Thursday, March 12, 2009

Shoe Mania, Part 2: Strappy Uppers

In my previous sandal-making post, I cut and formed the soles and heels of my new sandals. During the time I was waiting for those to dry, I started working on the uppers of the sandals. I started by preparing the straps.

The buckles I was using required a size #6 hole for the buckle tongues. I thought I'd try to save some time later by preparing the strap ends with holes and points ahead of time, as shown in the picture. It turned out that it made the fitting a little bit harder, so I won't do it that way again. It's easier to make the holes and such later than it is to correctly position the buckle later.

I used a half-inch oblong punch (also known as a bag punch or oval punch) to make the holes for my straps. I had put my foot on the upper sole to mark the hole locations. I find the punches to be kind of slippery and hard to hold, so I put the rubber bands on to improve the grip. It didn't help much, unfortunately.

Here I tried putting the straps in place, and the whole thing is held together with more rubber bands (if I had to be stranded on a desert island, I'd want a big bag of rubber bands with me).

Here is how the straps look from under the upper sole. You can imagine that these fairly thick straps might be a bit uncomfortable to walk on, since you would feel them as lumps through the upper sole.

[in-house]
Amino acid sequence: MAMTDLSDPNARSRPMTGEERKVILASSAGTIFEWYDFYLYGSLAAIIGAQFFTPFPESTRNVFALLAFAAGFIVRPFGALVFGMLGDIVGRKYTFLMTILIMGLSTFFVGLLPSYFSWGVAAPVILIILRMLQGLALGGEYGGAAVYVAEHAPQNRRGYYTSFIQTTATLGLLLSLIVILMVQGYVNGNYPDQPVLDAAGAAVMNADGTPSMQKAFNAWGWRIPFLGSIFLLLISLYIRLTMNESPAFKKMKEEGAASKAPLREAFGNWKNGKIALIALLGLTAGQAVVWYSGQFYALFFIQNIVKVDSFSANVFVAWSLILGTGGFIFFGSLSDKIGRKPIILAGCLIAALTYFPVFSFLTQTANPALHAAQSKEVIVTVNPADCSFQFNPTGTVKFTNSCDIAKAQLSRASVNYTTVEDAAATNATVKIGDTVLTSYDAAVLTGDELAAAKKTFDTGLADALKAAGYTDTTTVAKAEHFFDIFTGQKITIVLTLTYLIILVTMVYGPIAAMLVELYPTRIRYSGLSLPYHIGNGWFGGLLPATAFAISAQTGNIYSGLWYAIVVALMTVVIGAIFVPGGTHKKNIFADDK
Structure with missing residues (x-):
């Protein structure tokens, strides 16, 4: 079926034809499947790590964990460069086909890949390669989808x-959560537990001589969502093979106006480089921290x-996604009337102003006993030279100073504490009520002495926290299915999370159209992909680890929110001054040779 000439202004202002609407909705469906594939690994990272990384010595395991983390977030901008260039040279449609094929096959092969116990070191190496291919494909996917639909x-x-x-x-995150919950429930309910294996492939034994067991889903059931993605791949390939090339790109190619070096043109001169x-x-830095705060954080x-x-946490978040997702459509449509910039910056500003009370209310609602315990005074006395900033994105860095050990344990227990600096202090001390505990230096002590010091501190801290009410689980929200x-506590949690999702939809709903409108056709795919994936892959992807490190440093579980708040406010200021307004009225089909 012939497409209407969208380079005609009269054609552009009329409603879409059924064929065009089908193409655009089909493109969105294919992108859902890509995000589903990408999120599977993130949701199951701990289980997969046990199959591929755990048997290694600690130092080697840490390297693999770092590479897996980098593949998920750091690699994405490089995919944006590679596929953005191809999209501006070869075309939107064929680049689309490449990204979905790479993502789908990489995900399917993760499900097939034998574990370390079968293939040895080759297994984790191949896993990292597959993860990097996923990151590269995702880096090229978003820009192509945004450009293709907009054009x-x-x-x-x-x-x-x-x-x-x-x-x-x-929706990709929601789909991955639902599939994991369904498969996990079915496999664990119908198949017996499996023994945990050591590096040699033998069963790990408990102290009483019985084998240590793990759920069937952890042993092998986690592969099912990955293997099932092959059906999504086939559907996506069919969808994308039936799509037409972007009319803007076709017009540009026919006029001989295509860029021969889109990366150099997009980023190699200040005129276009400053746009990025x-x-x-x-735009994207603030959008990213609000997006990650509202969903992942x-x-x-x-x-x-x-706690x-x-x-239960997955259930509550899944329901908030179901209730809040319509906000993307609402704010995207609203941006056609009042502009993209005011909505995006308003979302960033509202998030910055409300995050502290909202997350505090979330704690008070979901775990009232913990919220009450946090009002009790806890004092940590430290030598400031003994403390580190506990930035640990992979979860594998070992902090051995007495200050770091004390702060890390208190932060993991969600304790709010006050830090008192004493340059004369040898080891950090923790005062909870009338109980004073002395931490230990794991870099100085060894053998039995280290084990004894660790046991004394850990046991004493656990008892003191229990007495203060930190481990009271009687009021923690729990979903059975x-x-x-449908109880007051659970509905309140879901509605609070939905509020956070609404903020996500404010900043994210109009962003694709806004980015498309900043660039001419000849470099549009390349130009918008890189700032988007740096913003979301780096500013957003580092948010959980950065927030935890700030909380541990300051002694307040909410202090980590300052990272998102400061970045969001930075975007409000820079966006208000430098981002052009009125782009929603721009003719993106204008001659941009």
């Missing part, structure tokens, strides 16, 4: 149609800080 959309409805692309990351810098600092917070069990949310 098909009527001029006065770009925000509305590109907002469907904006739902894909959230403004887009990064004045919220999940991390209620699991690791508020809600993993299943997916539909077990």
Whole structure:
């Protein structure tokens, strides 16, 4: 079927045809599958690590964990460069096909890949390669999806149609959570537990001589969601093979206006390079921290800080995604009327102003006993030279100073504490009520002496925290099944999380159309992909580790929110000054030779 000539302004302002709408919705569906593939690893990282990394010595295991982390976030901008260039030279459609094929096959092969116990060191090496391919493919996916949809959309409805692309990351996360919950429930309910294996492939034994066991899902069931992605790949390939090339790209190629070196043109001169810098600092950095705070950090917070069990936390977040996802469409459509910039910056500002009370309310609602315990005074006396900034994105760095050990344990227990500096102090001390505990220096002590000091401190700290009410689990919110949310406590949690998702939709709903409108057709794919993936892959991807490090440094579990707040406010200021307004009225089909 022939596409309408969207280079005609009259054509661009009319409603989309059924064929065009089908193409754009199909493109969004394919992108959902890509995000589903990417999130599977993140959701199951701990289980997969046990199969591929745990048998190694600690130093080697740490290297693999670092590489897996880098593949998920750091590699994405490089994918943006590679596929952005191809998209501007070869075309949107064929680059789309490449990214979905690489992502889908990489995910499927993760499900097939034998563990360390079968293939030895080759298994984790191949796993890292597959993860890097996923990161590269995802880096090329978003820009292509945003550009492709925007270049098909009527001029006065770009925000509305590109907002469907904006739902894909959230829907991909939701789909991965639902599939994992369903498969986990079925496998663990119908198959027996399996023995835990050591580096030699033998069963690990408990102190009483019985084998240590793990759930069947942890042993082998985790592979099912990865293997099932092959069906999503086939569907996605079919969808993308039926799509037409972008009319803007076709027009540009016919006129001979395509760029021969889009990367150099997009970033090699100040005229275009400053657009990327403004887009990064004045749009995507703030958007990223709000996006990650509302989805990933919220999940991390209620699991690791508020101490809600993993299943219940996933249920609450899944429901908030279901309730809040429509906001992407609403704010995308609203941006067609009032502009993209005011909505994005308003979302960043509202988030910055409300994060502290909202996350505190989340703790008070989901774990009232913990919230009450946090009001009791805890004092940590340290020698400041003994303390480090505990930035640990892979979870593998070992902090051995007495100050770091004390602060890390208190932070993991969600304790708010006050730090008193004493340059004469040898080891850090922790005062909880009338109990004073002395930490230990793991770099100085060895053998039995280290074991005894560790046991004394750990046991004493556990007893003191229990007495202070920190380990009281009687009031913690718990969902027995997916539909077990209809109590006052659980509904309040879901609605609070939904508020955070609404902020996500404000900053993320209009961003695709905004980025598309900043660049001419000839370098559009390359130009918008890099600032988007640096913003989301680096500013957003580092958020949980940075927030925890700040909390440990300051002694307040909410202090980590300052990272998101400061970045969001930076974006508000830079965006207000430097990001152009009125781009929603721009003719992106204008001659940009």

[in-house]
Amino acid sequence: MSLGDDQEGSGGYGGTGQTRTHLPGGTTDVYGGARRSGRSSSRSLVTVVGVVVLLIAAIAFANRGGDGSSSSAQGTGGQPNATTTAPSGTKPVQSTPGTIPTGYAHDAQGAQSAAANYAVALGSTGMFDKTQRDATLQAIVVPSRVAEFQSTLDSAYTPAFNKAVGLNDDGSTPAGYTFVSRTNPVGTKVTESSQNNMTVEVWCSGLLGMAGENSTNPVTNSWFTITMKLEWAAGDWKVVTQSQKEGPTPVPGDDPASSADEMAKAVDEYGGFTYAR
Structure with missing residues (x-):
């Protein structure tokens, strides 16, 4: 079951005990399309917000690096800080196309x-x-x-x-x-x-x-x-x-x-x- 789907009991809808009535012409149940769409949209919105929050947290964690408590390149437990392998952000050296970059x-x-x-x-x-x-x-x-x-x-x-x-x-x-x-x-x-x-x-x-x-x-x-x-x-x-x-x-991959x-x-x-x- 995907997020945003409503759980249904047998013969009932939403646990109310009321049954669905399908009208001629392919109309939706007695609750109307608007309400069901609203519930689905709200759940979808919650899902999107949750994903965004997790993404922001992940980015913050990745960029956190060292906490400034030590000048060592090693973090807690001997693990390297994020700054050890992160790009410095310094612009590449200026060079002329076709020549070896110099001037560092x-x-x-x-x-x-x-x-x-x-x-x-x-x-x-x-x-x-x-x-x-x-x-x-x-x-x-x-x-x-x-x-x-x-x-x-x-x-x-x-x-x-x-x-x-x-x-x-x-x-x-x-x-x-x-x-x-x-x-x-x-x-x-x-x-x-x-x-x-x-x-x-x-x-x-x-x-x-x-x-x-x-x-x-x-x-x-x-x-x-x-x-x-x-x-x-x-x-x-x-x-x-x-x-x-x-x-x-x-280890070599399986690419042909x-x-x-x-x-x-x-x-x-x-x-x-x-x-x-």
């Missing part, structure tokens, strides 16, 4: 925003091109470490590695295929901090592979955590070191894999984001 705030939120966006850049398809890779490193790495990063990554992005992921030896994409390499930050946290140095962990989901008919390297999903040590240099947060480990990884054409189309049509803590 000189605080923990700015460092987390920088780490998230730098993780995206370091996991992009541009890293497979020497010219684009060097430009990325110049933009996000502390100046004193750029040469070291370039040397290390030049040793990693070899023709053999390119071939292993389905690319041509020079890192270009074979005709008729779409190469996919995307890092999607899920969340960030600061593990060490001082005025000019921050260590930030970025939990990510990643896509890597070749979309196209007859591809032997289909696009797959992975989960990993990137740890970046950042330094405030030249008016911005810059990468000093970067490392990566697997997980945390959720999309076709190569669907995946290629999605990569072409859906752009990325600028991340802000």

One way to deal with the lumpy strap problem is suggested in the Sandal Making book: use a scarier-looking version of a man's razor, called a skiver (in this case a "Super Skiver"), to carefully scrape off enough thickness from the upper sole so that the straps nestle into the sole. Depending on the thicknesses of the straps and the sole, this approach varies in its success.

One thing I found is that the skiver takes a lot of practice to use, and it's a bit like using a potato peeler. The amount of material you take off in one swipe depends on the angle of the handle relative to the leather surface. It's really easy to dig right into your leather and cut off more than you intended. On the other hand, if you stay timid, you'll take a lot of time and not get deep enough. Practice, practice, practice.

Another approach, which I didn't do on this pair of sandals (guess what's coming in a future blog), is to skive the upper sole, the lower sole, and the straps. That doesn't work for all cases, though, such as where the straps are adjustable and you may later expose a part of the strap that was initially covered.


The next step is to dye the various pieces before assembly. Similar to how I finished my third belt, I dyed them all with Tandy's Leather Dye, cleaned them with Lexol, and finished them with a layer of Tandy's Carnauba Creme. I dyed the entire length of each strap (both sides) since the adjustable straps will be able to slide through the shoe--I don't know for certain what parts will show, and it may change over time.

Here is how buffing affects the look of the Carnauba Creme. The lower piece in the picture has been buffed with a cloth and is nice and shiny. There are some white flecks of wax on the upper piece.